The main thing this prevents, is people signing up other people without their agreement. Including

So if is in the Ashley Madison leaked list of email addresses, or if it's signed up to any other service that doesn't use double opt-in, then that doesn't actually mean that the owner for the address signed up. All it means is that someone signed up and gave that email address.

Tim Loughton MP, said "if, as looks possible, government email accounts in what should be secure departments are this vulnerable to being hacked or impersonated that raises its own serious security issues."

No,  Tim. May I call you Tim? Email addresses aren't secret. They aren't supposed to be secret. They're like names. The name "Tim Loughton" is publicly available information, very easy to find, just like your phone number, fax number, address of your constituency in Shoreham, and their phone number and email address. His email address is I got this from, the House of Commons web site. I could now go to any web site I wanted to, and give that email address in a sign-up. I won't, of course. But the fact that your email address is very easy to discover, is *not* a  "serious security issue".

And I just read a column in the Telegraph, written by the usual ignoramuses. "What should you do if your email address is in the Ashley Madison list? Apologise."

Bad advice. Because maybe someone else signed up giving your address.

Wednesday 19 August 2015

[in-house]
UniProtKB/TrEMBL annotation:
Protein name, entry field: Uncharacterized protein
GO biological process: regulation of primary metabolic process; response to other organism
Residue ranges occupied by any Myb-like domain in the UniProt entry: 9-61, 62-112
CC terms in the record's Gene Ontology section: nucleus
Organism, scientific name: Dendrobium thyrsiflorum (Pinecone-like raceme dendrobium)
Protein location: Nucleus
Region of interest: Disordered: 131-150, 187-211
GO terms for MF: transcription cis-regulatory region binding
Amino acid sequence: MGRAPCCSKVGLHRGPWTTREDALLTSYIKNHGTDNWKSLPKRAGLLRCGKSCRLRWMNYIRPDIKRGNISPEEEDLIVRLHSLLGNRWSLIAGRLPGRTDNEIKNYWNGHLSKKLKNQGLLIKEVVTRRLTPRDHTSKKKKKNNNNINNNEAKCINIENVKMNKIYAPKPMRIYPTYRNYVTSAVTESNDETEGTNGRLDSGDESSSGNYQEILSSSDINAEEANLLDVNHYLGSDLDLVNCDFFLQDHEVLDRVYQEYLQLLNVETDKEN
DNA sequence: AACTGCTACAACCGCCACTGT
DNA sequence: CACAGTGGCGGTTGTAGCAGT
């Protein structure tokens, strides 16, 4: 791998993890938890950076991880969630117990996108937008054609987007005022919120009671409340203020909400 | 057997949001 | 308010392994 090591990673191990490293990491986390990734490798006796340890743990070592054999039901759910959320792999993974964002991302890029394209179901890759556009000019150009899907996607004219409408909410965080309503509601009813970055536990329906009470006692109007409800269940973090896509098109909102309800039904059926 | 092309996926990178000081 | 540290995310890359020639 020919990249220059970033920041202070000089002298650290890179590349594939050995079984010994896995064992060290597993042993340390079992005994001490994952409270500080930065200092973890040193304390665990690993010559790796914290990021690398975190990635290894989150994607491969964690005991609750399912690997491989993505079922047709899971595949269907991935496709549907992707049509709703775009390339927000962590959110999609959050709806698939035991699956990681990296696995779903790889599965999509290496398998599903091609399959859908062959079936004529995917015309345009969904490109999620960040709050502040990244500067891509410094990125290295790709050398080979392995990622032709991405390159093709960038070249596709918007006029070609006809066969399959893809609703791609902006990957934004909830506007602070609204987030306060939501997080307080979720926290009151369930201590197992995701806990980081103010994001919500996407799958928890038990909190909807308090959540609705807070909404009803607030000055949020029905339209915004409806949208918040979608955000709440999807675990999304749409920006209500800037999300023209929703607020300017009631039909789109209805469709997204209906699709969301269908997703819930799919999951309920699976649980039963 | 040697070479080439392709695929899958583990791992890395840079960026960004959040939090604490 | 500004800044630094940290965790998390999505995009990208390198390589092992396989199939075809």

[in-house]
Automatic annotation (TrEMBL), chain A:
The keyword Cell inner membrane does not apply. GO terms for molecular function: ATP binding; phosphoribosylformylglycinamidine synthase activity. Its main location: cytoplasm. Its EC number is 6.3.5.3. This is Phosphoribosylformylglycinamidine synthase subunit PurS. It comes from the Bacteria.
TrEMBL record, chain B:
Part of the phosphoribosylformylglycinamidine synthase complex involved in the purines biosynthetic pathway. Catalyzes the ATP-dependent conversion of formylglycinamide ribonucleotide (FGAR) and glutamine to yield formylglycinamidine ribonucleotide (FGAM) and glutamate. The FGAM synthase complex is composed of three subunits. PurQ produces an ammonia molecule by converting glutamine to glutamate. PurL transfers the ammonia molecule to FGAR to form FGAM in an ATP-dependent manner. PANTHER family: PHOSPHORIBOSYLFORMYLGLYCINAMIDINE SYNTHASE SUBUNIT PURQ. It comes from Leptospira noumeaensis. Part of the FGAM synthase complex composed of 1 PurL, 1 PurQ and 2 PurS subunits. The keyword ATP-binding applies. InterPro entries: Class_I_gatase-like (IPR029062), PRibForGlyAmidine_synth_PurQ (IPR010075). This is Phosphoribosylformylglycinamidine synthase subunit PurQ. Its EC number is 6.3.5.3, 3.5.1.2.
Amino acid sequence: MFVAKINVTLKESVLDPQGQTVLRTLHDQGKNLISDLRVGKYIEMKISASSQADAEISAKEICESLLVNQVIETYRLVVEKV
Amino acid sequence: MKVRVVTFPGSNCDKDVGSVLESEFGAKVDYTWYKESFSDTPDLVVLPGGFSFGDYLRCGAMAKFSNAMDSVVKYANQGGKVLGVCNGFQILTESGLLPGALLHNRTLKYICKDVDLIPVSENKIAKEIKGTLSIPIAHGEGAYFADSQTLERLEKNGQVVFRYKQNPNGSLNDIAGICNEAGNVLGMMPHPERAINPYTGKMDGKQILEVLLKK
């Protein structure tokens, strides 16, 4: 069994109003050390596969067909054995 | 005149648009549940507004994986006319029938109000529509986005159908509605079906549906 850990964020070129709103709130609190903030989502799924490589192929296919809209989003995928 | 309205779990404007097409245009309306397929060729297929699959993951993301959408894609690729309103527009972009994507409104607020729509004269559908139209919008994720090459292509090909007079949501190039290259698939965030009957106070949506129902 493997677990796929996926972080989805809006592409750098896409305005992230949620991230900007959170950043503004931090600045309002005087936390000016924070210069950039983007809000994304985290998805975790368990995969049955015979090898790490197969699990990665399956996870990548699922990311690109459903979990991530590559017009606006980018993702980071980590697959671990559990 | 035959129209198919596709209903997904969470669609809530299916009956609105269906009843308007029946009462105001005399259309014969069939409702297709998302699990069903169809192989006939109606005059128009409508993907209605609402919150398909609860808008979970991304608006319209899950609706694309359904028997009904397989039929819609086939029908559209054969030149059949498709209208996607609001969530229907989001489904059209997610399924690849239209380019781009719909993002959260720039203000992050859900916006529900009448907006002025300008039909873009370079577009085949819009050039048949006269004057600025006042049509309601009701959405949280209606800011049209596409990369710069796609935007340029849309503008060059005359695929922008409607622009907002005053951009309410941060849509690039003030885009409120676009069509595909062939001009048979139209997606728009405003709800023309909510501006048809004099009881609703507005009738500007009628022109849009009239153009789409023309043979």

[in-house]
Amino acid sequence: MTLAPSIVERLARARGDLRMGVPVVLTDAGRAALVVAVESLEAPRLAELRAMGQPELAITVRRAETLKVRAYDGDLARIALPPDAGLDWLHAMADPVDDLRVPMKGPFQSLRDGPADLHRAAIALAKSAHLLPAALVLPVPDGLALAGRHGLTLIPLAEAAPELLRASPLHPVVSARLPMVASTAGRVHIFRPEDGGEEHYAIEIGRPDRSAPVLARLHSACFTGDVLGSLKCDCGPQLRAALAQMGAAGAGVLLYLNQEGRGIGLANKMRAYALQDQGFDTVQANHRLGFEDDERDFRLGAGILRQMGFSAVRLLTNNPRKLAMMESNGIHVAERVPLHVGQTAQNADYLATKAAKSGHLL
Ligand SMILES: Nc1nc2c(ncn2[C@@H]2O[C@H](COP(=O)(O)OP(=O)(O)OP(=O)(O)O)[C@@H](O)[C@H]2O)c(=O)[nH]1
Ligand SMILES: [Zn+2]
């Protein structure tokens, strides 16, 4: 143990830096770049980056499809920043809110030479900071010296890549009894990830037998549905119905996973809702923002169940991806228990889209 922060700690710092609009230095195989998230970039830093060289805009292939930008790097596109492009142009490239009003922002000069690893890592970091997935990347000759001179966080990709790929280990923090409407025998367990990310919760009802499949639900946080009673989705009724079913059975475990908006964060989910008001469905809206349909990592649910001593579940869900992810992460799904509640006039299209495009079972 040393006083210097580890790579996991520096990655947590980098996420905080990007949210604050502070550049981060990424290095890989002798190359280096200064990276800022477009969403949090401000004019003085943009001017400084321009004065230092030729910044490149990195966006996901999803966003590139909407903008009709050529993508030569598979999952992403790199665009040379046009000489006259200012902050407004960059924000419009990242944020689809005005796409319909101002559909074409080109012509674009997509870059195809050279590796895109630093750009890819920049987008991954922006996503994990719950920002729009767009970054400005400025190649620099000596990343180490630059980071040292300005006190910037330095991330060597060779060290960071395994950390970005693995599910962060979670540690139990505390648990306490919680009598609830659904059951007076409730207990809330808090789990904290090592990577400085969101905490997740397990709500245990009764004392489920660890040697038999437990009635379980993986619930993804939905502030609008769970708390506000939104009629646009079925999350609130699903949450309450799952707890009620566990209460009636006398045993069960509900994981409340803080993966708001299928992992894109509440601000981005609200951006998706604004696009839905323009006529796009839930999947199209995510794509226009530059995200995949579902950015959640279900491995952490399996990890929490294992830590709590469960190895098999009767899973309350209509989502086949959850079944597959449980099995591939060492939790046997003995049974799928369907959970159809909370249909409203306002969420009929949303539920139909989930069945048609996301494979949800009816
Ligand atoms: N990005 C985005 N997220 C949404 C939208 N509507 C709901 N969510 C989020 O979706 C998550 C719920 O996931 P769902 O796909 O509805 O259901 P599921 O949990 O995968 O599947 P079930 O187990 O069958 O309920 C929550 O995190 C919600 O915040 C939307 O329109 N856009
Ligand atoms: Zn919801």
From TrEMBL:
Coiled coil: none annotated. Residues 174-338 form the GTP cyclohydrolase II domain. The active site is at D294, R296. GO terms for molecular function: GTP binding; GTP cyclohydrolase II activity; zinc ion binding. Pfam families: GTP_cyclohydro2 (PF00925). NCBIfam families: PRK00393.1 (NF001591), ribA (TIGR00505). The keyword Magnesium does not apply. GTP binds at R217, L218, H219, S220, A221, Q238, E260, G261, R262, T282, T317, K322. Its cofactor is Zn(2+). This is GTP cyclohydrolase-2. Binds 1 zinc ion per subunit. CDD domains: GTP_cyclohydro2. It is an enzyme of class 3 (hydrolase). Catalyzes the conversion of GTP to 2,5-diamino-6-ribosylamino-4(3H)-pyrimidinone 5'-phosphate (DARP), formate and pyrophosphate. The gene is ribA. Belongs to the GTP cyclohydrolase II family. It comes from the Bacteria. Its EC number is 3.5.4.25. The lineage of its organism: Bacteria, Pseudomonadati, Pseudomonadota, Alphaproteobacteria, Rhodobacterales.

On site at Cheltenham

I made a trip down to Cheltenham today, to swap out nine faulty servers.

The last time I went was pretty recent, about six months ago. On that visit, I aimed to repair the faulty servers, by swapping out memory and drives. But that didn't work very well, and I'm now thinking that the Foxcomm motherboards I've been using for several years, have a limited life span. I'm guessing that it's capacitors wearing out, because I can't think what else it could be.

So I've replaced them all with Gigabyte motherboards, each with a fresh CMOS battery (when that battery expires, I can't power-up a server remotely, someone has to press a button, which is annoying).

Seven of them I built here; three with two 8tb drives, and four with two 4tb drives. The other two I mostly built here, and added a pair of 4tb drives salvaged from the old servers.

Because drives are so much more capacious, I don't need to use the long 1U servers that can take seven drives. I'm using the shorter 1U servers, and I put three drives in each; one being the system drive (a 300gb PATA) and the others being SATA drives. So no adapter is needed - one less thing to go wrong.

I'd allowed eight hours for the task, but in the event, it only took me two, which was nice.